Convergence, ID Critics, and Public Theatre
|April 4, 2011||Posted by nullasalus under Intelligent Design, theistic evolution|
The Map of Life is a new website, funded in part by the Templeton Organization, devoted to highlighting and discussing the role of convergence in evolution. Simon Conway Morris, whose thoughts on evolution I’m actually very interested in, has a role in the site – and it promises to be a place of interest for those people (ID proponents and TEs both) who see convergence as evidence that evolution may not be as “blind” as many people typically assume.
But I’m actually not interested in the the convergence question at the moment. Instead I’m interested in the site’s stated “aims”. The second aim is to promote discussion about convergence in evolution, and whether or not evolution may be more predictable than previously thought. The first aim is to A) promote the truth of evolution, and B) criticize ID in one of the most mangled, confused ways I’ve seen recently.
More on that below.
Here’s the relevant portion:
Of note, the science of evolutionary biology is NOT consistent with the central tenet of the “intelligent design” (ID) movement that suggests, contrary to all scientific evidence, that amongst other things organisms were supernaturally created and have remained unchanged since the time of their creation. There is also NO evidence for biological structures being supposedly “irreducibly complex”, arising by non-evolutionary “processes”. Indeed, convergence points in exactly the opposite direction because supposedly “irreducibly complex” structures, such as the bacterial flagellar motor, evolved independently at least twice. Not only that but we understand how each of the component parts became adapted make the complex structure that exists today. The existence of change over time in living things is clearly manifest in the fossil record, and is supported by information from the molecules, form and behaviour of organisms alive today.
Where to begin.
1) If it’s the central tenet of the ID movement that organisms were supernaturally created, then I missed the memo. Last I checked, the main ID proponents typically stress that ID absolutely does not claim that the designer, or designs, were “supernatural” in nature.
2) Nor have I seen this tenet that claims said organisms “have remained unchanged since the time of their creation”. I’m sure the writer of this part means a lack of change on the species level, rather than asserting that the very first penguin-like creatures are still waddling around somewhere. But again, where is it a “central tenet” of ID that populations of organisms remain the same? Mind you, I’m sure there are some ID advocates who believe that species don’t change, and so on. I’m also sure there are some evolutionary biologists who think evolutionary psychology is nonsense. It does not therefore become a central tenet of evolutionary biology that evolutionary psychology is bunk.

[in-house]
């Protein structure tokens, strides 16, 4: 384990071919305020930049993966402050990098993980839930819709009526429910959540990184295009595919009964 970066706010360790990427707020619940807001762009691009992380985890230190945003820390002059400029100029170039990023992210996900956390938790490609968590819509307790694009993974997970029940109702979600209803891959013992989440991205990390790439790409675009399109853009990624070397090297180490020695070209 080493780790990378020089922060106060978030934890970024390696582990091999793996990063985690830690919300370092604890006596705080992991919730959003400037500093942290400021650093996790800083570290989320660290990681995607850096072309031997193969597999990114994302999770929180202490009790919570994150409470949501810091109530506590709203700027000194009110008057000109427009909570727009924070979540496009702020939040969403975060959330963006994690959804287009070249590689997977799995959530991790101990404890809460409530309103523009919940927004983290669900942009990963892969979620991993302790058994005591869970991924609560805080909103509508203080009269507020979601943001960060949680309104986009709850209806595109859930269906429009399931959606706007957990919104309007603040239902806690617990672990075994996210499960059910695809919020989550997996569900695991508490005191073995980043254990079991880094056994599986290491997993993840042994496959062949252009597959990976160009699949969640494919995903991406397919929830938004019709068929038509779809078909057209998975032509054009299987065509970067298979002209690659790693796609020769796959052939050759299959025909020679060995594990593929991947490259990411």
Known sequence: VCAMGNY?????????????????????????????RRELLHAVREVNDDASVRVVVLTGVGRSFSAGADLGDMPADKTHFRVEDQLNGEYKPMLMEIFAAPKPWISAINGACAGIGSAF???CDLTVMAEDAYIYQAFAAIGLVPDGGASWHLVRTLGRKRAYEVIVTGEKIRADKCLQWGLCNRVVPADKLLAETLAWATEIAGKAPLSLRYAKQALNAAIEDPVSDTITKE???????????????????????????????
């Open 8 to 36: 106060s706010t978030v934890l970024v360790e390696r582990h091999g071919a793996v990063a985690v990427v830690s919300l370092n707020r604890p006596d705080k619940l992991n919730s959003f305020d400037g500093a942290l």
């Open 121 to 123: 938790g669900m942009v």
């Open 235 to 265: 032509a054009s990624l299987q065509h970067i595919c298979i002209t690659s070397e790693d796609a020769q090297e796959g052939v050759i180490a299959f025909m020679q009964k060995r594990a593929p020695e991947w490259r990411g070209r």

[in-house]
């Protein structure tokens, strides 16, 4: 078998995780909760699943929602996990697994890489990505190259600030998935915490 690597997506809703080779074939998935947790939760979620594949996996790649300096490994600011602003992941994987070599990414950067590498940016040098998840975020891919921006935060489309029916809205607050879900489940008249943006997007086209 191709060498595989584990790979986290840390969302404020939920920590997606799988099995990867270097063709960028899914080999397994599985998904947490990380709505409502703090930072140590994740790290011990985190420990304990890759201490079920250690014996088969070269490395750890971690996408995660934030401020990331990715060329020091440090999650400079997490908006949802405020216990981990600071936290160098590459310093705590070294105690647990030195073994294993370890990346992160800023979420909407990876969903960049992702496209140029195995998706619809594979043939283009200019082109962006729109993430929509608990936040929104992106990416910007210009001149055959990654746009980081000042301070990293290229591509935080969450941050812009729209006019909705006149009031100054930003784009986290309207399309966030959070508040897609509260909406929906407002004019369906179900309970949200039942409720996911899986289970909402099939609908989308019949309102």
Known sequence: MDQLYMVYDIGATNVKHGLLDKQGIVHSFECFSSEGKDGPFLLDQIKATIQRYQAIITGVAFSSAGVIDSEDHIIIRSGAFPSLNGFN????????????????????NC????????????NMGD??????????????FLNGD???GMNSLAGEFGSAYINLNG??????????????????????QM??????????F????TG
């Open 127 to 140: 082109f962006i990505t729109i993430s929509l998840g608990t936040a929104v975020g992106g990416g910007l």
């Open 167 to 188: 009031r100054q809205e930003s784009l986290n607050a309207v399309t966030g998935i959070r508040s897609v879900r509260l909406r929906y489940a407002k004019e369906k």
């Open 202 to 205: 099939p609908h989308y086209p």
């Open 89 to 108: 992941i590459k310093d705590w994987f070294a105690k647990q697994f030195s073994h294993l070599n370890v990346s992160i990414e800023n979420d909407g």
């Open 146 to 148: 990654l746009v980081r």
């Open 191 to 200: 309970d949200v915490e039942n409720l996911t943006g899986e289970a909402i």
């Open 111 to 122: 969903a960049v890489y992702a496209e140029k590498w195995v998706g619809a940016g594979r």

3) No evidence for IC biological structures arising by non-evolutionary processes? Really? First, last I checked ID proponents didn’t need to eschew evolutionary processes – though said processes would not be entirely unguided or Darwinian ones. Second, I’ve long wondered… if Craig Venter makes an IC structure in a cell, would that count as an IC structure coming about through a non-evolutionary force? Would it count as evidence of some kind, however qualified, for ID? But that’s an aside more than anything.
Now, I’m on record as being skeptical of ID as science (and I’m likewise skeptical of no-design claims being science as well.) But really, one thing I get tired of – and which I encounter quite often – is this blatant mangling of what ID proponents are saying, or what they are committed to. I suppose I should be glad the site doesn’t outright connect ID with a belief in a young earth, since that’s one of the usual talking points I bump into.
Anyway, I’m griping, but I have a suspicion of why ID is taken out and whipped in the “aims” section of the website: Because the second aim – which at least implies thinking about teleology, direction, and maybe even purpose in evolution – is really the “first” aim. But to even hint that perhaps evolution is a purposeful thing – or, even more distantly hinted, perhaps a tool itself employed by a designer – is to invite potential panic, and guilt-by-association with some ID thought crime.
So some theatre is required. ID is denounced, loyalty to the great Defenders of Science is established, and everyone can get on – however carefully – with the business of maybe, kinda, sorta asking if the Blind Watchmaker may have been able to see a little after all.